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Opera Philadelphia Returns To Live Audiences in May With THE DRAMA OF TOSCA

Grammy-winning Puerto Rican soprano Ana María Martínez stars in the company.

Opera Philadelphia Returns To Live Audiences in May With THE DRAMA OF TOSCA

Opera Philadelphia has announced plans to bring music to live audiences this spring with three outdoor performances of a concert adaptation of Puccini's Tosca. Performed for socially distanced audiences in the TD Pavilion at the Mann in Philadelphia's Fairmount Park, the 90-minute concerts will take place on Wednesday, May 5, at 7:00 p.m.; Friday, May 7, at 8:00 p.m.; and Sunday, May 9, at 2:00 p.m. Grammy-winning Puerto Rican soprano Ana María Martínez stars in her company and title role debuts as Puccini's troubled heroine, opposite American tenor Brian Jagde, who makes his company debut as Tosca's doomed lover, the painter Cavaradossi, and baritone Quinn Kelsey in his company and role debuts as the treacherous Baron Scarpia.

In a special concert adaptation, the tragic tale of Tosca takes on a completely new dimension. Seen through the eyes of an omniscient narrator, this innovative version of Puccini's beloved work bridges opera and storytelling, highlighting major themes from the original. Created to address concerns around audience and artist safety, The Drama of Tosca is only 90 minutes (with no intermission) and focuses on the three principal characters, joined by the spoken narrator. Jack Mulroney Music Director Corrado Rovaris leads 68 players from the Opera Philadelphia Orchestra, who will appear on stage with the singers, with Elizabeth Braden leading 40 singers from the Opera Philadelphia Chorus, who will sing from the balcony level of the Mann, creating a unique concert experience around Puccini's great political thriller.

The concerts replace five previously scheduled Academy of Music performances of a stage production from Teatro Regio di Parma. Opera Philadelphia subscribers who purchased tickets for the Academy shows will receive first access to the Mann performances, which will be capped at approximately 500 audience members per show. Any remaining tickets are slated to go on sale in April.

"We have been working hard to get artists back to work and to bring them together with the audiences who love to see and hear them perform live," said David B. Devan, General Director & President of Opera Philadelphia. "Shortly after the pandemic began, as we spoke with our artists and audiences about when they would feel safe returning to live performances, the idea of initially gathering outdoors was strongly favored. We are thrilled to have the amazing open-air Mann Center for the Performing Arts here in Philadelphia, and I am so grateful to Catherine Cahill, President and CEO of the Mann, for welcoming us into her home. The Mann staff has been working diligently with Opera Philadelphia's Artistic and Guest Services teams, consulting the recommendations of public health officials, to create a welcoming environment with enhanced safety protocols, so we can get back to the joy of experiencing live music together. With seating limited due to social distancing, I am also thrilled that we will be filming the concert to stream on the Opera Philadelphia Channel beginning in June."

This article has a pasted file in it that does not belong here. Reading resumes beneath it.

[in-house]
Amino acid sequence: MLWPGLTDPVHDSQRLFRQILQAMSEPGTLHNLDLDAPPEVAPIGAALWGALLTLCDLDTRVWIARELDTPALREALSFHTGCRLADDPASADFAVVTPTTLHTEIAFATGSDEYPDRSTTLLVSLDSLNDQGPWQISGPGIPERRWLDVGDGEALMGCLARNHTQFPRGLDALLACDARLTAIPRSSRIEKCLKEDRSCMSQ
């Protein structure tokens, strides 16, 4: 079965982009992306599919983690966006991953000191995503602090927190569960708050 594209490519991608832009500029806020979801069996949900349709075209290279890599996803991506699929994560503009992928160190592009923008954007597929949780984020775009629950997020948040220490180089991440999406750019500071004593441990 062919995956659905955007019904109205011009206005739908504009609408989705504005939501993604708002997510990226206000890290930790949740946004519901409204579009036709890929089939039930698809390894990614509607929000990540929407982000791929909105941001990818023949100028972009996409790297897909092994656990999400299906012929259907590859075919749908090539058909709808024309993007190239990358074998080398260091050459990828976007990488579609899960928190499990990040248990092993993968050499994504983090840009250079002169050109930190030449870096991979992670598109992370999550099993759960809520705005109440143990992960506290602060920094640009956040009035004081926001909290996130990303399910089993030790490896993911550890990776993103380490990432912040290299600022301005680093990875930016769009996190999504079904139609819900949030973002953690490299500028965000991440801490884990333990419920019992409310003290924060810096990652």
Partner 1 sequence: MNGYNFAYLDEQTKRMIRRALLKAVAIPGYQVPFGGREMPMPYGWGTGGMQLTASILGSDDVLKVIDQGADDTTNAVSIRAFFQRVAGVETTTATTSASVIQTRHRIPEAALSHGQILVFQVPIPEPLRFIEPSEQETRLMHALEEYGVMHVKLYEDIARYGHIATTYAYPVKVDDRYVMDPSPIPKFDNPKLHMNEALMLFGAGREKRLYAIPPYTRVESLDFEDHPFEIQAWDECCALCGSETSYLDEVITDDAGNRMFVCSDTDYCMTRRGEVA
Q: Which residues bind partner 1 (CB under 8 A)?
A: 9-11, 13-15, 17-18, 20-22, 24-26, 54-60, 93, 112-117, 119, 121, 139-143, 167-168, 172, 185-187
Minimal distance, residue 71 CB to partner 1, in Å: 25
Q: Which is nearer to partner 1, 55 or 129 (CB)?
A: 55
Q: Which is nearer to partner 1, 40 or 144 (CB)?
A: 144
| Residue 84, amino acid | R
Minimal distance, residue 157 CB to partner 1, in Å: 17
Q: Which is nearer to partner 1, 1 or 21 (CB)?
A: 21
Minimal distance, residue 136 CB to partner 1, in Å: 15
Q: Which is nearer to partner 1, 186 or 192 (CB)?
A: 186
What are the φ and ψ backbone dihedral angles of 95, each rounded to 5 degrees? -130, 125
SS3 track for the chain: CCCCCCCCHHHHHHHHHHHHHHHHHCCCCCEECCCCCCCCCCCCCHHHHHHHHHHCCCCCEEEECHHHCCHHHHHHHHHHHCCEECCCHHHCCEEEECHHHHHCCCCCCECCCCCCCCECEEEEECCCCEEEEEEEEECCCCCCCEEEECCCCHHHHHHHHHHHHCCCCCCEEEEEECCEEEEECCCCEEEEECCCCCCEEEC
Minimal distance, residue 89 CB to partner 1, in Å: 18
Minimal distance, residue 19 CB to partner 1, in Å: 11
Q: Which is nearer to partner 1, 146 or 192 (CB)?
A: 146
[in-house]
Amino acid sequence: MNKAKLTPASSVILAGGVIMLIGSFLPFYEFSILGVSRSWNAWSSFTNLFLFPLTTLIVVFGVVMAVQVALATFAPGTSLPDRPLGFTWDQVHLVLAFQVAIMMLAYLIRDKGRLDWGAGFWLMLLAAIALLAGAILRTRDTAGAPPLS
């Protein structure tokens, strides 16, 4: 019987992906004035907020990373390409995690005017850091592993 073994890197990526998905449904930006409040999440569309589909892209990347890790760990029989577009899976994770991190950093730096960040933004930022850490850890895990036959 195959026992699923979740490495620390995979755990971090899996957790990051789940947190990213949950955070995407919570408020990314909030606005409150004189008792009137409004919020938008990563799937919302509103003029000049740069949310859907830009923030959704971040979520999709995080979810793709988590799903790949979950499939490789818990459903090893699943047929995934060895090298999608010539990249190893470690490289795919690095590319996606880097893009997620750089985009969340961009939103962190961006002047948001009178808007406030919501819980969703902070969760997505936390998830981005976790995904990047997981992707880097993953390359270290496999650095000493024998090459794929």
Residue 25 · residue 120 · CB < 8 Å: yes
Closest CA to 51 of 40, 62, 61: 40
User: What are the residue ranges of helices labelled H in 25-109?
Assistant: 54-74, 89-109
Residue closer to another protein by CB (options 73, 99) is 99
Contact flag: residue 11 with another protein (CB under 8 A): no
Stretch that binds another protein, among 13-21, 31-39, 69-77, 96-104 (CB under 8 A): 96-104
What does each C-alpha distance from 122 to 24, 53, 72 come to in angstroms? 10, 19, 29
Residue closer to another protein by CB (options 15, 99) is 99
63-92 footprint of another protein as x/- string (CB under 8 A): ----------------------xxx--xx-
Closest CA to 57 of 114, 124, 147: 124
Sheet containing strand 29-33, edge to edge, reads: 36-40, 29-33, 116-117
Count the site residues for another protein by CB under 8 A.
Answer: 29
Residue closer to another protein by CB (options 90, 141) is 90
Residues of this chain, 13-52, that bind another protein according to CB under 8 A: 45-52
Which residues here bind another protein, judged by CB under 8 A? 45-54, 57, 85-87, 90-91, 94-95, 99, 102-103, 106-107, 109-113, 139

"We couldn't be more thrilled to be welcoming Opera Philadelphia to the Mann in May," said Cahill. "We've all sacrificed so much this year, and that's certainly true for the arts community and all who love and support the arts. It's why we are honored to be playing a central role in bringing live performances back to Philadelphia. The Mann is singularly suited for this role as Philadelphia's preeminent outdoor music destination, and to have the opportunity to be working in collaboration with David Devan and Opera Philadelphia's incredible creative team is very special. I am also beyond excited to share that Opera Philadelphia's early May performances will mark the beginning of the Mann's 2021 season, and we will have more to announce in the coming weeks about additional performances."

Enhanced safety precautions will be in effect for the performances, including mandatory masks for all audiences and staff, reduced audience capacity, physical distancing, paperless ticketing, and a mandatory self-health assessment. Concessions will be closed, and food and beverages will not be permitted on the Mann campus for these performances.

Opera fans are offered a unique opportunity to support the artists through a special "Fill the House" campaign launched today by Opera Philadelphia. For a $100 donation, fans can "fill" an empty seat in the TD Pavilion at the Mann with a photo cutout of themselves dressed in their finest opera attire or their Opera Philadelphia gear. Donations will help the company pay the more than 120 artists and production staff who have not performed together on the opera stage in 15 months, while helping the artists perform to a "full house" in May. Donors will also receive a code to watch a free stream of the concert in June, where they might just spot themselves in the audience. Details on the fundraising campaign are available at operaphila.org/fullhouse.

Puccini's lethal love triangle unfolds over the course of 24 hours, from June 17-18, 1800. In a nod to the dates of the opera's action, a filmed version of the concert will premiere on the Opera Philadelphia Channel on Thursday, June 17, 2021, and will be available for rent as well as unlimited viewing with an annual channel pass.


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